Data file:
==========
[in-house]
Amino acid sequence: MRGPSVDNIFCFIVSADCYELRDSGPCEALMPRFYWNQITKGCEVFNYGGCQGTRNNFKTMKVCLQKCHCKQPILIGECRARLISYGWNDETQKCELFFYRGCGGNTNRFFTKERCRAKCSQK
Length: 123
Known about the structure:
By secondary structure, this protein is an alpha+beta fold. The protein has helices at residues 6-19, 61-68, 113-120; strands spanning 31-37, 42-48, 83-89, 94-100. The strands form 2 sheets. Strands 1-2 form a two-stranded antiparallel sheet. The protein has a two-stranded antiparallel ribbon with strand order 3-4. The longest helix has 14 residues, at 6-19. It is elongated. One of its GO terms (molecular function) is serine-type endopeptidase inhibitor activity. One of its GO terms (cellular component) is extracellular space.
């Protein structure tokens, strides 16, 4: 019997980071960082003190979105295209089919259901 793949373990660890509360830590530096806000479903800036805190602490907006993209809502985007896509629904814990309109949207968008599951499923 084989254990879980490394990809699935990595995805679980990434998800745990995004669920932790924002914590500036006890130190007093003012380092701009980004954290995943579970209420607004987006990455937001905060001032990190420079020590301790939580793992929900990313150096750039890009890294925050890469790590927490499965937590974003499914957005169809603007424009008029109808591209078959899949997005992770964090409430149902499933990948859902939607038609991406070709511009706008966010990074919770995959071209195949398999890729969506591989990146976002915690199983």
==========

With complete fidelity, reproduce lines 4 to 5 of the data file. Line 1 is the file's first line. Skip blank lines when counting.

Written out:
Known about the structure:
By secondary structure, this protein is an alpha+beta fold. The protein has helices at residues 6-19, 61-68, 113-120; strands spanning 31-37, 42-48, 83-89, 94-100. The strands form 2 sheets. Strands 1-2 form a two-stranded antiparallel sheet. The protein has a two-stranded antiparallel ribbon with strand order 3-4. The longest helix has 14 residues, at 6-19. It is elongated. One of its GO terms (molecular function) is serine-type endopeptidase inhibitor activity. One of its GO terms (cellular component) is extracellular space.